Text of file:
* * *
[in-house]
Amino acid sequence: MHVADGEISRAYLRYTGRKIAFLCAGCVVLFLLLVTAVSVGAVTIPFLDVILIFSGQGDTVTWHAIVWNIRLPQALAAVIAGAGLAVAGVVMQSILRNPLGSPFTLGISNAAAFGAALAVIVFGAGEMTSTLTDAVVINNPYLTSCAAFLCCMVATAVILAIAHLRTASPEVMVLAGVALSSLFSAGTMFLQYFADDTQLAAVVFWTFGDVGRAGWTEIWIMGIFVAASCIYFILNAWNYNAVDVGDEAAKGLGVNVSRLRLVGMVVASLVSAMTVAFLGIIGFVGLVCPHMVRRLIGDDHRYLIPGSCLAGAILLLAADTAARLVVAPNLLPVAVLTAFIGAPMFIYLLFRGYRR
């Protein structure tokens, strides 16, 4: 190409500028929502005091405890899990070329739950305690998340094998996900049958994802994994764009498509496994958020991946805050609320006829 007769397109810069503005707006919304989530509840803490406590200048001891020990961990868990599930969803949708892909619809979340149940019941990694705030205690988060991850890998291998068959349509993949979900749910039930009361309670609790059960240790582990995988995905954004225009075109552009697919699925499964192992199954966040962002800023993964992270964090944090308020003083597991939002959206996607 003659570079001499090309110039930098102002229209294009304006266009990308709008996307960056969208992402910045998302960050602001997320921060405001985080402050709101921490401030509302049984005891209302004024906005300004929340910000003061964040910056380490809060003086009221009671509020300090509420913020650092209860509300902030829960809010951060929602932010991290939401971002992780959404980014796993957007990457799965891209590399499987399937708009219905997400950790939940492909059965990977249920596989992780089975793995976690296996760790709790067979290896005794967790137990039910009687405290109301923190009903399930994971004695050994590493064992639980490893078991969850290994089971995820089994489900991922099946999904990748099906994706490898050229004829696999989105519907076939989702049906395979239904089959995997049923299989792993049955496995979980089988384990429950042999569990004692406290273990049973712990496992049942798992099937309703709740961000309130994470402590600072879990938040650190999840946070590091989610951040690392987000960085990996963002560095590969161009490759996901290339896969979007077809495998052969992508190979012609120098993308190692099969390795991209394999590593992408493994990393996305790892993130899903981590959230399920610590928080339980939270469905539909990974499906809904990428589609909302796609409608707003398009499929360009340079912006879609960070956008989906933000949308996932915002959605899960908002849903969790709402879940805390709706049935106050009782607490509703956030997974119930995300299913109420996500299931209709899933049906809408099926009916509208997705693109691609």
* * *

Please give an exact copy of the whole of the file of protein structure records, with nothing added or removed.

[in-house]
Amino acid sequence: MHVADGEISRAYLRYTGRKIAFLCAGCVVLFLLLVTAVSVGAVTIPFLDVILIFSGQGDTVTWHAIVWNIRLPQALAAVIAGAGLAVAGVVMQSILRNPLGSPFTLGISNAAAFGAALAVIVFGAGEMTSTLTDAVVINNPYLTSCAAFLCCMVATAVILAIAHLRTASPEVMVLAGVALSSLFSAGTMFLQYFADDTQLAAVVFWTFGDVGRAGWTEIWIMGIFVAASCIYFILNAWNYNAVDVGDEAAKGLGVNVSRLRLVGMVVASLVSAMTVAFLGIIGFVGLVCPHMVRRLIGDDHRYLIPGSCLAGAILLLAADTAARLVVAPNLLPVAVLTAFIGAPMFIYLLFRGYRR
């Protein structure tokens, strides 16, 4: 190409500028929502005091405890899990070329739950305690998340094998996900049958994802994994764009498509496994958020991946805050609320006829 007769397109810069503005707006919304989530509840803490406590200048001891020990961990868990599930969803949708892909619809979340149940019941990694705030205690988060991850890998291998068959349509993949979900749910039930009361309670609790059960240790582990995988995905954004225009075109552009697919699925499964192992199954966040962002800023993964992270964090944090308020003083597991939002959206996607 003659570079001499090309110039930098102002229209294009304006266009990308709008996307960056969208992402910045998302960050602001997320921060405001985080402050709101921490401030509302049984005891209302004024906005300004929340910000003061964040910056380490809060003086009221009671509020300090509420913020650092209860509300902030829960809010951060929602932010991290939401971002992780959404980014796993957007990457799965891209590399499987399937708009219905997400950790939940492909059965990977249920596989992780089975793995976690296996760790709790067979290896005794967790137990039910009687405290109301923190009903399930994971004695050994590493064992639980490893078991969850290994089971995820089994489900991922099946999904990748099906994706490898050229004829696999989105519907076939989702049906395979239904089959995997049923299989792993049955496995979980089988384990429950042999569990004692406290273990049973712990496992049942798992099937309703709740961000309130994470402590600072879990938040650190999840946070590091989610951040690392987000960085990996963002560095590969161009490759996901290339896969979007077809495998052969992508190979012609120098993308190692099969390795991209394999590593992408493994990393996305790892993130899903981590959230399920610590928080339980939270469905539909990974499906809904990428589609909302796609409608707003398009499929360009340079912006879609960070956008989906933000949308996932915002959605899960908002849903969790709402879940805390709706049935106050009782607490509703956030997974119930995300299913109420996500299931209709899933049906809408099926009916509208997705693109691609």